Oreo’s has been playing with flavors for a while now. Some of them hit and some of them…meh. The latest in this line up of special flavor limited time releases is the Swedish Fish Oreo. I’m not sure who in the Nabisco test kitchen decided this would be a great combo. The only logical rational is that the facility is in Colorado or Washington State and there was more than just cookie experiments being conducted on this day. Seriously Cookie Lab guys, you’ve had some hits. Birthday Cake was a game changer. Cookie Dough, yes please. But fruit punch? Watermelon? Limeade? What were you thinking? I guess we don’t have a 100 years of cookie making and millions of dollars in quant qual customer research to back up our opinion. Whoever you people are our they with Blueberry Pie Oreo crumbs in the crevice of your couch please tweet at us your motivation. We’d love to hear all about it. In close, this isn’t meant to be a slander post. On the contrary, Oreo breaking from it’s 50+ years of stuff, double stuff, vanilla cookie stuff is a breath of fresh air. Keep ‘em coming. We love following the flavors. Can we lobby for spaghetti Carbonara? Seriously though, WTF, no cannoli yet?
More Food Stuff
This is a bunch of Brooklyn guys who decided to reinvent dried pasta. To do so they brought back some rare shapes and even made up a few new ones. They also bucked the flour norm and add some unique flavors to the mix. Mint, ramp, nettles even cocoa find their way into these unique shapes. To boot the guys are awesome. On a recent trip to the market I couldn’t find their zucca (a pumpkin like globe shaped pasta). I gave a call to see where I could find some. After they spent 10 minutes diligently tracking it down, they told me to just pop down to the factory and they’d give me some. You got to love that real Italian hospitality. So, when I heard they has a Sfoglini Pasta of the Month Club, it was an instant join. We opted for the 12-Month plan. You can never have enough pasta on hand.
Our want for coffee is currently insatiable. What we need, that’s another story. Since we’re staggering around these days in seemingly one of two states, red-eye wired workaholics or free trade, caffeine deprived zombies, a chewable cup of coffee seemed like the next logical step to get you from your bed to your barista. Think of all the moments Go Cubes Chewable Coffee will come in handy. After that chewable cigarette for example. The 68th slide in a 112 page powerpoint slide during your weekly status meeting. Running down the jetway as you just make your 6am flight to Chicago. We could find moments like these all day. As younger and cheeky as we just were, the idea of a chewable coffee with all the flavor and all the benefits is just what the nation ordered.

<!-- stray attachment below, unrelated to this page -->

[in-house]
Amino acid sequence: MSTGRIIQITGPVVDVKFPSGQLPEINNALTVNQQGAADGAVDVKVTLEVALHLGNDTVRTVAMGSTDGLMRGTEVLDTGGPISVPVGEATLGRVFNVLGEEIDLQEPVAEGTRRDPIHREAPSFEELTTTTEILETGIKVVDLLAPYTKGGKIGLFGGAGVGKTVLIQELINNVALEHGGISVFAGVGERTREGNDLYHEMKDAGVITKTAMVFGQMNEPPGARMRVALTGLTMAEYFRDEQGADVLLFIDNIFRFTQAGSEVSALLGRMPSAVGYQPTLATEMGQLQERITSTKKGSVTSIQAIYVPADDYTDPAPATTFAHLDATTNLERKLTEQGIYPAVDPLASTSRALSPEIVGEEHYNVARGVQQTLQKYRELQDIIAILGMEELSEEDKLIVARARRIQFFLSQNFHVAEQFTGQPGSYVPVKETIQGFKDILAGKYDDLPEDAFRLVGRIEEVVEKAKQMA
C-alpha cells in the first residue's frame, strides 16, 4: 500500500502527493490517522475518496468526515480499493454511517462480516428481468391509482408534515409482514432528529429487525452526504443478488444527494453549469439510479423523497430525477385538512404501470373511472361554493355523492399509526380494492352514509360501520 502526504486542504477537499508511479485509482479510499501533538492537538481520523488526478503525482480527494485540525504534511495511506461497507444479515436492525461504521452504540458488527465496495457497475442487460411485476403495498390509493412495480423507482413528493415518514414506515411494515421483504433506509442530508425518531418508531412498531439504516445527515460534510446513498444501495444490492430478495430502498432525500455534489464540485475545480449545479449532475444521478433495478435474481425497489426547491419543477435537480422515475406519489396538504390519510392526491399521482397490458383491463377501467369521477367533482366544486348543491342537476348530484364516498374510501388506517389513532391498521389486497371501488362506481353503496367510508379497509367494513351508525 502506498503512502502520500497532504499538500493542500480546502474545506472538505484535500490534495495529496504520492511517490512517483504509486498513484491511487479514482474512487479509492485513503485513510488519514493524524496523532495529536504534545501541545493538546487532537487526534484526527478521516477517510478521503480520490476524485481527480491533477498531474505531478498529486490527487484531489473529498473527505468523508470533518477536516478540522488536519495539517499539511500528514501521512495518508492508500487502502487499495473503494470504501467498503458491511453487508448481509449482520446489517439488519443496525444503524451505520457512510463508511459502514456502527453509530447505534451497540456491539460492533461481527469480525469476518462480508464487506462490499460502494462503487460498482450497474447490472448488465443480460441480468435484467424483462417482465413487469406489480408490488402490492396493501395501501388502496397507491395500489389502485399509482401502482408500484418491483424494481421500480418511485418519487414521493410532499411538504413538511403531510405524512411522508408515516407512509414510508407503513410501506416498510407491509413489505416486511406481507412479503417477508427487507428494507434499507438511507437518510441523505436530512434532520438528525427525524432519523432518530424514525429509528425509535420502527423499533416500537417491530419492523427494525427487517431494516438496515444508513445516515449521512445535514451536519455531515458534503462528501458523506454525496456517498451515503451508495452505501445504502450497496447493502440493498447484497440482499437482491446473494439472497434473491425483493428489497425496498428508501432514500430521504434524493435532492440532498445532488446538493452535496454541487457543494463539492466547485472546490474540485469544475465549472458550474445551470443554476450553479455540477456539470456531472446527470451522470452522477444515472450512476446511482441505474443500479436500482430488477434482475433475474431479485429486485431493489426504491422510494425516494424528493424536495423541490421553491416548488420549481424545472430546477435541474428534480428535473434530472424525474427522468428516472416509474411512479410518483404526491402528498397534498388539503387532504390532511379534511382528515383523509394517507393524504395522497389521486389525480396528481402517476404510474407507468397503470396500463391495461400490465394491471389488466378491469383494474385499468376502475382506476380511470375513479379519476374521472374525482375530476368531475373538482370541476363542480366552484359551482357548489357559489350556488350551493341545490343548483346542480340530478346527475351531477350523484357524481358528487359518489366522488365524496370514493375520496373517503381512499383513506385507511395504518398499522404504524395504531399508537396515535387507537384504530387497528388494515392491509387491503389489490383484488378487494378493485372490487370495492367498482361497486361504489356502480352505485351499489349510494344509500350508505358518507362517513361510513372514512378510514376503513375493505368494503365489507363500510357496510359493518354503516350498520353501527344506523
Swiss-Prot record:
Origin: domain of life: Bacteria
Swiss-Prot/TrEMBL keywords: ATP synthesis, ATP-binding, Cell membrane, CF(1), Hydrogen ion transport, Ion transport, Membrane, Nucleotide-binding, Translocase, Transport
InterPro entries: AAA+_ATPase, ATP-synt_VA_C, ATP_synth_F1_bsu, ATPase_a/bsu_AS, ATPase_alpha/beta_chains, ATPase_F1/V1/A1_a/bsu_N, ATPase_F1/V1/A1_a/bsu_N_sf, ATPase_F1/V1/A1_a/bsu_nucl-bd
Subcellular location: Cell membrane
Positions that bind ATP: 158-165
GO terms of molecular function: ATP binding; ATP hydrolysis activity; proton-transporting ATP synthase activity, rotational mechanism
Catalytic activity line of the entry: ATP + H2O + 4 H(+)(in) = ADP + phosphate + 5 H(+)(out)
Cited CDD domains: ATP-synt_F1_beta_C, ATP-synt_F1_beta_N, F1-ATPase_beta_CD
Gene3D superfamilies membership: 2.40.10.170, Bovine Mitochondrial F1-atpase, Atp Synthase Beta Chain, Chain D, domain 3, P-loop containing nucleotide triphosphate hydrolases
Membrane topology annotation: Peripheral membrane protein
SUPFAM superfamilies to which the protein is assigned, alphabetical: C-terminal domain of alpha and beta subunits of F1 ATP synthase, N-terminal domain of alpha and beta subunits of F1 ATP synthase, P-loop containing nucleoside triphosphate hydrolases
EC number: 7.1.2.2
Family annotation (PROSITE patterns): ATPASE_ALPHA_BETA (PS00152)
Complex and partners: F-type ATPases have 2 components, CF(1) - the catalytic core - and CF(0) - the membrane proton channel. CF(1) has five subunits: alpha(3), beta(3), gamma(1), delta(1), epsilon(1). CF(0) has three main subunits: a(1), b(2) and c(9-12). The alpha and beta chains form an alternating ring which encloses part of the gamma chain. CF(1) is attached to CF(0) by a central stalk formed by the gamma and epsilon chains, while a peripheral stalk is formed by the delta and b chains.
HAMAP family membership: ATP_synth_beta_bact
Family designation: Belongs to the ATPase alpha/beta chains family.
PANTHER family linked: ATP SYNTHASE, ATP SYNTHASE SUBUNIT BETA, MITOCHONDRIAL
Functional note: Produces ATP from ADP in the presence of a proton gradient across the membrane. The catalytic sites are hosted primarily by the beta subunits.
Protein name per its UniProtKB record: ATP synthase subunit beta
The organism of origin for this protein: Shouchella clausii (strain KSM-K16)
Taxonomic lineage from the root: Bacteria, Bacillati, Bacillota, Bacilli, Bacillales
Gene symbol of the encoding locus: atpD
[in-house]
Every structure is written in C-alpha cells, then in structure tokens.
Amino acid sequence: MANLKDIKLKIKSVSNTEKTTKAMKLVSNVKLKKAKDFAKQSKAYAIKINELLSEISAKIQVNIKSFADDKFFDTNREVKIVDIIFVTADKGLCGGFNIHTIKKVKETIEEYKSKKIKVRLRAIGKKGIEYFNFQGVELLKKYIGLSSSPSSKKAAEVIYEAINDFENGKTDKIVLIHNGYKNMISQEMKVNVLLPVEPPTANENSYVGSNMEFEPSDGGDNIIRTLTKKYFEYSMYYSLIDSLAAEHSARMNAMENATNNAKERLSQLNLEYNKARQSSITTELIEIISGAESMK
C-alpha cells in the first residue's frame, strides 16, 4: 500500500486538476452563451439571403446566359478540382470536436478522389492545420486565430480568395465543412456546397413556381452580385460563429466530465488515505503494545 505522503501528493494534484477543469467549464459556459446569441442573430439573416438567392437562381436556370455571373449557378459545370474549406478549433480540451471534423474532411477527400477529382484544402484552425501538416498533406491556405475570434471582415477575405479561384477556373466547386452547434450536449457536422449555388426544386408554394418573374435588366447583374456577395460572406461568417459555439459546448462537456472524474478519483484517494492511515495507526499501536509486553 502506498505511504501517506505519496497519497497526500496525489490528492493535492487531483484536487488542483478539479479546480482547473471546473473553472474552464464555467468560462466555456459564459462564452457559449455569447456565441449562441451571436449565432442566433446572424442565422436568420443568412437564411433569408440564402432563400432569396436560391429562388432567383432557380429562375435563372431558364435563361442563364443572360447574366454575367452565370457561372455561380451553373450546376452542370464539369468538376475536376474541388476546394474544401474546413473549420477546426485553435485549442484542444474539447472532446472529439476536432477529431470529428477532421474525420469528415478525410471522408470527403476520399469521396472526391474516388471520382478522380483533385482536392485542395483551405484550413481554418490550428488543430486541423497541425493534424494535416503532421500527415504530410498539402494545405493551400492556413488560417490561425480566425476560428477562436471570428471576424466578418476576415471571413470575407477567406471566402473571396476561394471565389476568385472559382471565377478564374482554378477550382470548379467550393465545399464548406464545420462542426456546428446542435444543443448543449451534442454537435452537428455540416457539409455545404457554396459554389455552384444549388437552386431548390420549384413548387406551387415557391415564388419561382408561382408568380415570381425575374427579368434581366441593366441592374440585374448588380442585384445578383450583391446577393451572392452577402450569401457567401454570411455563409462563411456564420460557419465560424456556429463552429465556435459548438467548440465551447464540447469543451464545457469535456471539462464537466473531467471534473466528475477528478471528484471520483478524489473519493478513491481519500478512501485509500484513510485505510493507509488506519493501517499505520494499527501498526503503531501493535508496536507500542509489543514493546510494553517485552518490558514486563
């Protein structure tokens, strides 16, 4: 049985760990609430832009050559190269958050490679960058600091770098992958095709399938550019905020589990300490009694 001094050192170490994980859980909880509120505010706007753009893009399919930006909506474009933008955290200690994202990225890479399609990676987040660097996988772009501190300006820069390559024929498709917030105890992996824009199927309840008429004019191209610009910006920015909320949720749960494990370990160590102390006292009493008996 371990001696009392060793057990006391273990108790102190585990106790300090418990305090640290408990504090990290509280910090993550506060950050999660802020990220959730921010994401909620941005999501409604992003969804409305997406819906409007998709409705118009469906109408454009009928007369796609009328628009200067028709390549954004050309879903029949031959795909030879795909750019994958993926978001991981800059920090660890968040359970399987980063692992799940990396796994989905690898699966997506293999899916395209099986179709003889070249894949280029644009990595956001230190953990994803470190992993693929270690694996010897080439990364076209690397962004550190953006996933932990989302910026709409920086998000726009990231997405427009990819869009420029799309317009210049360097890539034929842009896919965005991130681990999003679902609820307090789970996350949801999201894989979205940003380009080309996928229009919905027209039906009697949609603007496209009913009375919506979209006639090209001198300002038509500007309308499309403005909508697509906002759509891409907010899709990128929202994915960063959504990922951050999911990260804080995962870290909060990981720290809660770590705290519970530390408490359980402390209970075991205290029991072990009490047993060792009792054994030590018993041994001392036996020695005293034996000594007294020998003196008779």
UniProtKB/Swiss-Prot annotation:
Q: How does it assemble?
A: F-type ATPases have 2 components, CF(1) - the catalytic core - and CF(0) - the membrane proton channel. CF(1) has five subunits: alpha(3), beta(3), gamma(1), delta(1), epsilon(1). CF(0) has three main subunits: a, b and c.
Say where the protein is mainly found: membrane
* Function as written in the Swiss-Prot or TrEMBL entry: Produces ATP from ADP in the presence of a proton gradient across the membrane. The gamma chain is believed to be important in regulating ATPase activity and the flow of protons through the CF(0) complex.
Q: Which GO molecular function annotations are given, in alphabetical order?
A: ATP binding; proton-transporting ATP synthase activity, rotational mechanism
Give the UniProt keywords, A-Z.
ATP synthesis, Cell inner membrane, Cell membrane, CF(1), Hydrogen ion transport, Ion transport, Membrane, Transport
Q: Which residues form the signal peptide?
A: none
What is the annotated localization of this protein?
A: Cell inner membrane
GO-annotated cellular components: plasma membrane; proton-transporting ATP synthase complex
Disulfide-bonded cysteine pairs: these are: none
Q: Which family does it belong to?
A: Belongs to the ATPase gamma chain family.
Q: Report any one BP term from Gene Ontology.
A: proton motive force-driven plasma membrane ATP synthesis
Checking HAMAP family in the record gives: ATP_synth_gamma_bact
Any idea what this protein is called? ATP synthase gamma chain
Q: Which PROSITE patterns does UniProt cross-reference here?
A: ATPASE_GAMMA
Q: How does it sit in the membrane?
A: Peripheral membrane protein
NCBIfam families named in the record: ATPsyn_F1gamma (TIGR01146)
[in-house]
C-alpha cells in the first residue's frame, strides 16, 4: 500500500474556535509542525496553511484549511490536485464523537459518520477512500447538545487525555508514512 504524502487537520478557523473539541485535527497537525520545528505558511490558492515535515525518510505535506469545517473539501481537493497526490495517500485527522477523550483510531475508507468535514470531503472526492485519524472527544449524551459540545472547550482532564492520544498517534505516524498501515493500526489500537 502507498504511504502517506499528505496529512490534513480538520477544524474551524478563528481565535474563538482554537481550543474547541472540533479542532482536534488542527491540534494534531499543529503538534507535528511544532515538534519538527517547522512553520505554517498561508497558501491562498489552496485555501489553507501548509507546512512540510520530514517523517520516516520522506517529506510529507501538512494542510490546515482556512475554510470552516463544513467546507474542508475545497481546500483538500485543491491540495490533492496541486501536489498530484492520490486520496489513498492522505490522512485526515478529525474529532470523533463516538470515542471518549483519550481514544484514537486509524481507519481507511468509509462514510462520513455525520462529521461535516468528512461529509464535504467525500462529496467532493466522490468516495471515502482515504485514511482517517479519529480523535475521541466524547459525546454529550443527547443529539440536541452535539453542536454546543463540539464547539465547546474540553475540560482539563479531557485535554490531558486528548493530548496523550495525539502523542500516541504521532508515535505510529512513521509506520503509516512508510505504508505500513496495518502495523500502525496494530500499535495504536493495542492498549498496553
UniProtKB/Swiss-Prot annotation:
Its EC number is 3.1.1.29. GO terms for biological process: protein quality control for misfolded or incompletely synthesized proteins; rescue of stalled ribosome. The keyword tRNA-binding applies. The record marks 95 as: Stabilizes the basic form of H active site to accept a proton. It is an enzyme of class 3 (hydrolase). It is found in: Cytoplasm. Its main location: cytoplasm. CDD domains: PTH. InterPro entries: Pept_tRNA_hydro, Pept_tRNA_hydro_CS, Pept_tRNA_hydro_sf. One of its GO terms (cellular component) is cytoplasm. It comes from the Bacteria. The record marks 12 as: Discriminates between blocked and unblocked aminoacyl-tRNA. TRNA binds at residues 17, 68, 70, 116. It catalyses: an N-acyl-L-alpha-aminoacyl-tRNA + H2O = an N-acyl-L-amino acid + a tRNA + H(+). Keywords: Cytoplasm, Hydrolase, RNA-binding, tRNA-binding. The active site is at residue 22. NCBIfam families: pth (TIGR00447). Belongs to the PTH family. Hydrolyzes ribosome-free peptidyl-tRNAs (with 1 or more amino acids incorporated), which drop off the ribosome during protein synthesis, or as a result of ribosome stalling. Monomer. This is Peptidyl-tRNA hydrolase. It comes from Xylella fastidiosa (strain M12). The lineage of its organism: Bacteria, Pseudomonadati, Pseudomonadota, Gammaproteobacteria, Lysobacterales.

We couldn’t decide between the bread and butter beets and the Mostarda as our favorites. Preservation Society Members Club allows you to not have to choose. Unfortunately we don’t have a Montreal address so this club wasn’t an option for us. Luckily we have friends willing to pick up (and probably eat) our club benefits. What we love most, besides the quality, unique ingredients and perfectly ripened tastes, is that theirs not secrets or pretension to the small batch brand. Camilla Wynne ♥’s canning and wants to bring that knowledge to as many people as possible. This club is one way she does that. Workshops, events and a tell all book are three others. Talk about approachable. Of course our approach requires a JFK to YUL flight path.
You may think that here at FTHQ, we’re partial to utensils of the four-pronged variety, but we generally appreciate any and all cutlery that helps us deliver food into our perpetually hungry mouths. Although we’ve been known to nearly jump up-and-down in excitement about all kinds of eating instruments — knives, salad tongs, corn-on-the-cob holders, you name it — it’s been a while since tableware has gotten us as excited as these 100% edible and biodegradable utensils from Bakeys. With funding from a successful Kickstarter campaign, and an aim to provide a viable alternative to the billions of plastic utensils thrown into landfills every year, Bakeys has it covered when it comes to usability and sustainability. Turns out sorghum, an environmentally-friendly crop you may have never heard of, seems to be the magic ingredient. Not only does sorghum allow Bakeys to produce 100 edible spoons with the same energy required to make a single plastic one, it also prevents the utensils from degrading in liquids — a particularly important fact for the environmentally-conscious ice cream enthusiasts among us.